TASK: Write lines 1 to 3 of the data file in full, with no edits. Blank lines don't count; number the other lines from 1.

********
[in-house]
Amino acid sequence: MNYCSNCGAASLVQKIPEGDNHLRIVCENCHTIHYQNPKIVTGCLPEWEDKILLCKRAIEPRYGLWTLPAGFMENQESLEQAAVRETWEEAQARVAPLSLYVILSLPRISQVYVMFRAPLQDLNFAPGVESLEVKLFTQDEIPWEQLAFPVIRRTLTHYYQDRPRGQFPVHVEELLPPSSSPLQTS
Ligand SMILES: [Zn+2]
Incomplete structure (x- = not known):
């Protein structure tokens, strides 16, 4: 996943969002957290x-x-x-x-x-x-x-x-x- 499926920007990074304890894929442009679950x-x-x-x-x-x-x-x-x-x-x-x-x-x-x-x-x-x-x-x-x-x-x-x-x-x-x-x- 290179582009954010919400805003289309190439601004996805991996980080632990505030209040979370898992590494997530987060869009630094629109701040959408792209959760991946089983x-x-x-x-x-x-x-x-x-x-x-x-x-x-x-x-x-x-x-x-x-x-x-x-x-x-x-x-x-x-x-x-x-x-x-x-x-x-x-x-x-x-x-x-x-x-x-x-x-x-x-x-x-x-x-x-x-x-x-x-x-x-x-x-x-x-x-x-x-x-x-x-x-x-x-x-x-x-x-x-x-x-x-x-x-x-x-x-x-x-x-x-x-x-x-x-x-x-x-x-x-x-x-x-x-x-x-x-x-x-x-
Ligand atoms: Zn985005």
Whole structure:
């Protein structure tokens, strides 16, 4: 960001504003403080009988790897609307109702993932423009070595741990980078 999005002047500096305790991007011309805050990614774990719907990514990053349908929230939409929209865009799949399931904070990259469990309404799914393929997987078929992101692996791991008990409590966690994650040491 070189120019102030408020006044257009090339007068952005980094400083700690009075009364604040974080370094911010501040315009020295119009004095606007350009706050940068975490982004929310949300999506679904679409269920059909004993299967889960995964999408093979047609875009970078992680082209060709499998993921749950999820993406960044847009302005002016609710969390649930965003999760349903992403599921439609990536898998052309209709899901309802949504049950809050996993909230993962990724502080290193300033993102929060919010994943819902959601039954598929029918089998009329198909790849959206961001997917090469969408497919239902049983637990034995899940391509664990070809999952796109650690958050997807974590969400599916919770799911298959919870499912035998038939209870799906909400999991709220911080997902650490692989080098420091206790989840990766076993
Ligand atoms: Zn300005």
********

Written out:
[in-house]
Amino acid sequence: MNYCSNCGAASLVQKIPEGDNHLRIVCENCHTIHYQNPKIVTGCLPEWEDKILLCKRAIEPRYGLWTLPAGFMENQESLEQAAVRETWEEAQARVAPLSLYVILSLPRISQVYVMFRAPLQDLNFAPGVESLEVKLFTQDEIPWEQLAFPVIRRTLTHYYQDRPRGQFPVHVEELLPPSSSPLQTS
Ligand SMILES: [Zn+2]